The lesson of this chapter is that we serve a mysterious God who works for us in ways we often don’t understand and for Himself in ways we often can’t see. Our bewildering God sometimes brings circumstances that can seem arbitrary or cruel – the exact opposite of what we expect from a loving heavenly Father. What we have to understand is that God always works for His glory and our good, and our comprehension isn’t necessary for God to achieve those ends. And the wonderful truth is that the two always go hand-in-hand; what’s good for God’s glory is ultimately best for us.
- This story takes place during the divided kingdom. Israel – consisting of 10 tribes – is in the north. Judah – consisting of the tribes of Judah and Benjamin – is in the south.
- Ahab is king of the northern tribes. He is the most evil king to date in Israel’s history. He and his Phoenician wife Jezebel have introduced Baal worship into the country. He is the first king to bring Canaanite gods to Israel.
- As a result of Ahab’s sin, God sends Elijah to Israel. Ahab’s sin is so great that God sends the greatest prophet since Moses to confront him.
1 Elijah’s message to Ahab is actually a direct shot at Baal, who’s the fertility god responsible for bringing rain and ensuring a good harvest.
Elijah doesn’t say why the drought will take place, but Ahab surely understands it’s God’s judgment on his kingdom.
There will be no rain OR DEW – this is a complete drought with no set end. The drought will end when Elijah says it will (James 5:16-18).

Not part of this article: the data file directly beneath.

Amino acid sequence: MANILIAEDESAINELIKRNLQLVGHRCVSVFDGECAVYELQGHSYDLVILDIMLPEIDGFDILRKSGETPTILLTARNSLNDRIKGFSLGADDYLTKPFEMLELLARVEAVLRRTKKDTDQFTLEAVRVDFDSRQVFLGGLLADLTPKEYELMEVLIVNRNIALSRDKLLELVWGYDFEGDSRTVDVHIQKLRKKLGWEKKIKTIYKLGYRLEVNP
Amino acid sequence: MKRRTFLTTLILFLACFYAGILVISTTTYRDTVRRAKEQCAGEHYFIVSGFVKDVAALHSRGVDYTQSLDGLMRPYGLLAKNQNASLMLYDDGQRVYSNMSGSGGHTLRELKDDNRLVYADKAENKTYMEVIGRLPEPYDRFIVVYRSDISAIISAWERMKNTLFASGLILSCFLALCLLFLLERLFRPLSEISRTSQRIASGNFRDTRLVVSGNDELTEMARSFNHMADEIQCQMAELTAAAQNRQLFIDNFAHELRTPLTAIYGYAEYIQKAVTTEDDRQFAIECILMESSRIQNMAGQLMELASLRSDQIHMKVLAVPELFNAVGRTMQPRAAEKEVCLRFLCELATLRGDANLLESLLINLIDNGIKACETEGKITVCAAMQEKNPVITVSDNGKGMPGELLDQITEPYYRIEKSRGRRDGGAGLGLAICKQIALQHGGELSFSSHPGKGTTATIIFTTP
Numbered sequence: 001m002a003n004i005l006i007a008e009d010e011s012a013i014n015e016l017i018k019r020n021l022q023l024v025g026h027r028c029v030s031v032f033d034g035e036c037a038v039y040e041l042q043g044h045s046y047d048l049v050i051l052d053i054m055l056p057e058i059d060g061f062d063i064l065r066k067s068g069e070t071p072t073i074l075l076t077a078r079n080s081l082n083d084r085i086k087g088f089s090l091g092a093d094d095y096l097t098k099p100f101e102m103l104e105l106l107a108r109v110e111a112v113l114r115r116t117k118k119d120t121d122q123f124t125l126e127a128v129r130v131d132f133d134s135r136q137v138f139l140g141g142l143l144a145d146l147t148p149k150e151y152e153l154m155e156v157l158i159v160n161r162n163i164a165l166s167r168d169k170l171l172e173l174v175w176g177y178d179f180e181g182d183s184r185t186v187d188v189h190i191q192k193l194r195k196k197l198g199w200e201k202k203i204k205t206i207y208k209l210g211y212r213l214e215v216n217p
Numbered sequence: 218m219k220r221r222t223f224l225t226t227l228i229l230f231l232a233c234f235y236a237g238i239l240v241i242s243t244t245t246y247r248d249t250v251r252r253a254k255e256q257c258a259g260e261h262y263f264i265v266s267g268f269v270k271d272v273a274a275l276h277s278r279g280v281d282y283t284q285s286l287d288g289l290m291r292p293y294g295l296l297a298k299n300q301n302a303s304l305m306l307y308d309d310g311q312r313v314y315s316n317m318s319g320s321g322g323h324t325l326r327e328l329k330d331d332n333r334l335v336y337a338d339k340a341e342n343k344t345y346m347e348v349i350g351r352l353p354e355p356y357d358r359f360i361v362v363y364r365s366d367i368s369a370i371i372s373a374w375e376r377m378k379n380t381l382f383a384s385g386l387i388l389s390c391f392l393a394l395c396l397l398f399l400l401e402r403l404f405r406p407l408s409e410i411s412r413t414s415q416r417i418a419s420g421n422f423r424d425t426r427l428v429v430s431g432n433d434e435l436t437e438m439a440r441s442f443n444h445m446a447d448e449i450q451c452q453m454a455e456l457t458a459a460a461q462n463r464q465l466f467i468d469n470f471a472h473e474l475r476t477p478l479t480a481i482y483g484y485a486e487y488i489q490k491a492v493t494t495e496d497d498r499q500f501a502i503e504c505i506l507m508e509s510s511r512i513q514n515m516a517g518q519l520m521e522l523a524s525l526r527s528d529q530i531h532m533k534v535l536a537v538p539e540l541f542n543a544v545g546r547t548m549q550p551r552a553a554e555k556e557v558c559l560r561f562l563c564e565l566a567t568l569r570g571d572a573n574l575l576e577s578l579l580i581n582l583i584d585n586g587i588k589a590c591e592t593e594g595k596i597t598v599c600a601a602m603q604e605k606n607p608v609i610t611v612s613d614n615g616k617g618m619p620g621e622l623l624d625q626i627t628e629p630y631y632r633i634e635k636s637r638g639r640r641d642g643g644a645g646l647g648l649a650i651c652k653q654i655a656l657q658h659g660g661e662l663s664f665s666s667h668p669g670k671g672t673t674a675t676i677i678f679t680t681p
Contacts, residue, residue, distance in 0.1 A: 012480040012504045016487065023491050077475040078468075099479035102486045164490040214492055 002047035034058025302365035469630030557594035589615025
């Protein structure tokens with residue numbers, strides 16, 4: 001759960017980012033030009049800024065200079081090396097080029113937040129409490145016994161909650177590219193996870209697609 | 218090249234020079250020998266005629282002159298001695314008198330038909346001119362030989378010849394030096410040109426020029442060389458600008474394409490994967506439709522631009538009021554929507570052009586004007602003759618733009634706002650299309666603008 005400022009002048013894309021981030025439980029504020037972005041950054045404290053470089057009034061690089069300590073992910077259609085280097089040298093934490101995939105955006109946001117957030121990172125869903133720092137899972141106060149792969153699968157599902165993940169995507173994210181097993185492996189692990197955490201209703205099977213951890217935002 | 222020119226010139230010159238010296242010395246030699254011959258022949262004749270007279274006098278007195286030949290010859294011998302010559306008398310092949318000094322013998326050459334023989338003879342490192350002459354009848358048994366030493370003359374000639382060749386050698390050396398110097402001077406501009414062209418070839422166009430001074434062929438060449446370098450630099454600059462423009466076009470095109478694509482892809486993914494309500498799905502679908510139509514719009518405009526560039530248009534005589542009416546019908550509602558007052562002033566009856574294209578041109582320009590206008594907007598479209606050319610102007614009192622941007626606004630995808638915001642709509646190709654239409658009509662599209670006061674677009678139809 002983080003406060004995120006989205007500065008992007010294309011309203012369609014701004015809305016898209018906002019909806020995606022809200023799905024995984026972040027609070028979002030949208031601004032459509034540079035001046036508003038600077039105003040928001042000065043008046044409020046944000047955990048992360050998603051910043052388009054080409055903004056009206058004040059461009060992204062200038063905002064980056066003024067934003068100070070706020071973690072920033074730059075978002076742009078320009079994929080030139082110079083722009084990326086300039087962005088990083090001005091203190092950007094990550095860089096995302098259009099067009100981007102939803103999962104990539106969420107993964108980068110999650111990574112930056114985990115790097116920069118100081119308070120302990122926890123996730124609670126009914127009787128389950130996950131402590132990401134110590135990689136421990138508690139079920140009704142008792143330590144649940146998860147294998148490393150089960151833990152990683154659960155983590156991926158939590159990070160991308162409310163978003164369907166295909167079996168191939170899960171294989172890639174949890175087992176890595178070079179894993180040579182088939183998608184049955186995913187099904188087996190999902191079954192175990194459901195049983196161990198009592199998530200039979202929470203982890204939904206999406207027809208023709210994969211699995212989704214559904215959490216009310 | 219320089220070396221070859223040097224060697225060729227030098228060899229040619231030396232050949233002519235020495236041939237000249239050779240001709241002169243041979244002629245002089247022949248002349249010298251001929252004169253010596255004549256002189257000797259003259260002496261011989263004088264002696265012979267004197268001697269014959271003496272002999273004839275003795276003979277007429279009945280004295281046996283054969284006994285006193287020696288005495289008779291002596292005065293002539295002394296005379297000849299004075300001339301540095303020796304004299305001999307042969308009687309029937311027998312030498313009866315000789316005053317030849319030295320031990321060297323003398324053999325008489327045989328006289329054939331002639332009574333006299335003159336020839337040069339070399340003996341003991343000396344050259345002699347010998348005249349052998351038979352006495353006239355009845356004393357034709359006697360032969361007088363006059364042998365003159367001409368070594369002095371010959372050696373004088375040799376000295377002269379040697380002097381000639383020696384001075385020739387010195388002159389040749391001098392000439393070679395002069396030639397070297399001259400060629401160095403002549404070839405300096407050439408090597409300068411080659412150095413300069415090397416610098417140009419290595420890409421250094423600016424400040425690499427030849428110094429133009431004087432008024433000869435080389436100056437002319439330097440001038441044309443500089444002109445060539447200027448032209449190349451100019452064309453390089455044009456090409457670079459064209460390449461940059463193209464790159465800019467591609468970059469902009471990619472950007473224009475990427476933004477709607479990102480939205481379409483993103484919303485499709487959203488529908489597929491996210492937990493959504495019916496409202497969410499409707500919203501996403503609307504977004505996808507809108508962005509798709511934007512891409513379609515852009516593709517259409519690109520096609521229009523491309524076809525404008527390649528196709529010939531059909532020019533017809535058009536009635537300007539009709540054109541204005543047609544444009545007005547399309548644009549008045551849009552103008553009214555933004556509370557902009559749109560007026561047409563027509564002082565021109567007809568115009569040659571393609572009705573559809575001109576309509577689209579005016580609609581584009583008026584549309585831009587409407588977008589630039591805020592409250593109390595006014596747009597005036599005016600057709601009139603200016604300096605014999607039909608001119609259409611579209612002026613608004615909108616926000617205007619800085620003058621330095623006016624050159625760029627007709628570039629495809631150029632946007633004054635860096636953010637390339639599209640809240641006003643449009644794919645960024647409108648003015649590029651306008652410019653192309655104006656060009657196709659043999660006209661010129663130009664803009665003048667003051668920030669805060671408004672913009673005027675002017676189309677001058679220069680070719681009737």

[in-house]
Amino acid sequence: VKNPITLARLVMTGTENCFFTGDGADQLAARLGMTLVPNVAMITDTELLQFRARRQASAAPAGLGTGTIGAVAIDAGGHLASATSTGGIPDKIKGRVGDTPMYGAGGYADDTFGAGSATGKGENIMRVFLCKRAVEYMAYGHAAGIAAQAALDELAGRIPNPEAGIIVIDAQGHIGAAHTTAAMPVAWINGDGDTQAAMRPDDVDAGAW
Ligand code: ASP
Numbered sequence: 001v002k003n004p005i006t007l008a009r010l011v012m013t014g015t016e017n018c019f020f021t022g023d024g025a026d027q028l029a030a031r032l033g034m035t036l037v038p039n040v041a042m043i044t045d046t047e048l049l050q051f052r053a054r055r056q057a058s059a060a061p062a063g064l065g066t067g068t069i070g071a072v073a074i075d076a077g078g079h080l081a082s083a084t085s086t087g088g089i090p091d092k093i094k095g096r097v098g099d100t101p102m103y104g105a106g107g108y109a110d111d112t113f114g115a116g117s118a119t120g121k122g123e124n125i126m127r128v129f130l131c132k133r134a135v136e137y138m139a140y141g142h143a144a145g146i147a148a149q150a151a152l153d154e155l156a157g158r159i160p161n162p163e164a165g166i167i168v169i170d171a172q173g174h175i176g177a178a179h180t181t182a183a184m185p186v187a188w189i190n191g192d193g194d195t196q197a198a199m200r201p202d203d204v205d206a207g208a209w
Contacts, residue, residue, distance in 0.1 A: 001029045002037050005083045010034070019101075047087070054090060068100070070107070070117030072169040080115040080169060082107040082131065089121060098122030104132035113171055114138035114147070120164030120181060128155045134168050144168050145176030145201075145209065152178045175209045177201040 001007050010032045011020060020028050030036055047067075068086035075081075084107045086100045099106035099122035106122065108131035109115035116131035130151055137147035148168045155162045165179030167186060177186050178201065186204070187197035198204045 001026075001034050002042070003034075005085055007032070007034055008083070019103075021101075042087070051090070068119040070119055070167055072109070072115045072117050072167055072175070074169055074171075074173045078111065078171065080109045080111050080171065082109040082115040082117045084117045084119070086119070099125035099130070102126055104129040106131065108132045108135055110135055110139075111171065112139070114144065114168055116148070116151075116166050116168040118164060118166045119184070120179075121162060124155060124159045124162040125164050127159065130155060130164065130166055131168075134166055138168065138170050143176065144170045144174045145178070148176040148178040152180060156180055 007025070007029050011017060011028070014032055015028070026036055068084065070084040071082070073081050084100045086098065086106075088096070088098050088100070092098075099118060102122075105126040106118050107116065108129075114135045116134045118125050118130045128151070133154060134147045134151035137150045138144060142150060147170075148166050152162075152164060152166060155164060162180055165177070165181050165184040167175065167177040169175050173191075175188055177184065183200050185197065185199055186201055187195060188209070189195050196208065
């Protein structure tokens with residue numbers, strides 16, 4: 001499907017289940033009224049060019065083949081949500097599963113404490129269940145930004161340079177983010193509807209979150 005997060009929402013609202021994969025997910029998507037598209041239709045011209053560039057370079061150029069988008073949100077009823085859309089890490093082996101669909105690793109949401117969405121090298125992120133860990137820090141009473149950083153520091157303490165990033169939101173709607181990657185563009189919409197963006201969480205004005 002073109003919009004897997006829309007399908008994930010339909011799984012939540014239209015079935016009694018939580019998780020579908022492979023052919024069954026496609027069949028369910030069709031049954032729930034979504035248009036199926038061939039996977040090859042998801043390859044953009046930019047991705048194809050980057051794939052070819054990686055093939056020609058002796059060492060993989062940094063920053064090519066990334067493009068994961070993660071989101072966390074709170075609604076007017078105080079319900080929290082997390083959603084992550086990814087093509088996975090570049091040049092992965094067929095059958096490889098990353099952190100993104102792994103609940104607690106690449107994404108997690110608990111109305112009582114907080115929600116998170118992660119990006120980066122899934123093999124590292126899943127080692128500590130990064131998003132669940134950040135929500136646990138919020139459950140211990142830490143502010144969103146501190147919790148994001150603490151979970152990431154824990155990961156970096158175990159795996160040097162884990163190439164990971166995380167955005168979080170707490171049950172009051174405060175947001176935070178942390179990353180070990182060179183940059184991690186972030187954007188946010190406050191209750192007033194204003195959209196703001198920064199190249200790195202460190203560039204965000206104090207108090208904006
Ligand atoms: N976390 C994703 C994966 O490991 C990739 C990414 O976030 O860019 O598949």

2-7 As soon as Elijah finishes with Ahab, God takes him to a secret place to protect him from Ahab but also to show that He is removing His blessing and word from Israel. God takes care of Elijah but Elijah’s not exempt from the effects of the drought. Once the brook where he drinks dries up, he has to find another place to live.
8-9 Sidon is Jezebel’s home country – it’s essentially the headquarters of Baal worship. The drought is apparently just as severe in the very place where Baal should be the strongest.
God continues to withhold His presence from Israel and so doesn’t allow Elijah to go to an Israelite town.
God tells Elijah that He’s commanded a widow there to provide for him. Possibly God has prepared the heart of the widow to receive Elijah – this would explain why she is so accommodating to him.
10 This in itself may be tough with the drought.
11 He has to know this is a difficult request under the circumstances. Perhaps he asks this knowingly with the intention of using it to show God’s miraculous provision. On the other hand, he knows that God promised a widow in this city will provide for him, so maybe the request is sincere and he just assumes God will make it work.
12 She somehow recognizes that he’s an Israelite and swears by his God – this does not mean that she’s a believer.
Her circumstances are as dire as they could possibly be. She’s a widow with a young son and both of them are about to starve.